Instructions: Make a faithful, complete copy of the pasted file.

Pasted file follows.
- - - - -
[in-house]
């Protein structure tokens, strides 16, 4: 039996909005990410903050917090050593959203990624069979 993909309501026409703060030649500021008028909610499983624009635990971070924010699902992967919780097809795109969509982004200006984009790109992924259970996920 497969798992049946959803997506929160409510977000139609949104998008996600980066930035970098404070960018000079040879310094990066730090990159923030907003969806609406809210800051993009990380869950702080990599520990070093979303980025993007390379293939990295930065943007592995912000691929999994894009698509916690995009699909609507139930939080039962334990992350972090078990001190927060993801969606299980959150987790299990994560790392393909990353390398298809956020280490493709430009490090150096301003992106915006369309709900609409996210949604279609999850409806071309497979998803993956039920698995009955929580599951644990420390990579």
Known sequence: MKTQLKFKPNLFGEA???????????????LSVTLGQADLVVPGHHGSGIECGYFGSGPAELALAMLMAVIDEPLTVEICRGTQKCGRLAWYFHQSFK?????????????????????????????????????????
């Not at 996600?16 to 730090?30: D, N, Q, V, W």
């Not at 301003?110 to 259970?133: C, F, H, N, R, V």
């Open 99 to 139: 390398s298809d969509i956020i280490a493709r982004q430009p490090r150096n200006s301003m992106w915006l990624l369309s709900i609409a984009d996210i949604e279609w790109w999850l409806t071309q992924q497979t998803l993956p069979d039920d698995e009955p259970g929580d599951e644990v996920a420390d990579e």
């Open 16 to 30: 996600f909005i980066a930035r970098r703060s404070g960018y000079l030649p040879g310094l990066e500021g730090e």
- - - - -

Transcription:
[in-house]
């Protein structure tokens, strides 16, 4: 039996909005990410903050917090050593959203990624069979 993909309501026409703060030649500021008028909610499983624009635990971070924010699902992967919780097809795109969509982004200006984009790109992924259970996920 497969798992049946959803997506929160409510977000139609949104998008996600980066930035970098404070960018000079040879310094990066730090990159923030907003969806609406809210800051993009990380869950702080990599520990070093979303980025993007390379293939990295930065943007592995912000691929999994894009698509916690995009699909609507139930939080039962334990992350972090078990001190927060993801969606299980959150987790299990994560790392393909990353390398298809956020280490493709430009490090150096301003992106915006369309709900609409996210949604279609999850409806071309497979998803993956039920698995009955929580599951644990420390990579």
Known sequence: MKTQLKFKPNLFGEA???????????????LSVTLGQADLVVPGHHGSGIECGYFGSGPAELALAMLMAVIDEPLTVEICRGTQKCGRLAWYFHQSFK?????????????????????????????????????????
């Not at 996600?16 to 730090?30: D, N, Q, V, W």
């Not at 301003?110 to 259970?133: C, F, H, N, R, V």
């Open 99 to 139: 390398s298809d969509i956020i280490a493709r982004q430009p490090r150096n200006s301003m992106w915006l990624l369309s709900i609409a984009d996210i949604e279609w790109w999850l409806t071309q992924q497979t998803l993956p069979d039920d698995e009955p259970g929580d599951e644990v996920a420390d990579e």
């Open 16 to 30: 996600f909005i980066a930035r970098r703060s404070g960018y000079l030649p040879g310094l990066e500021g730090e």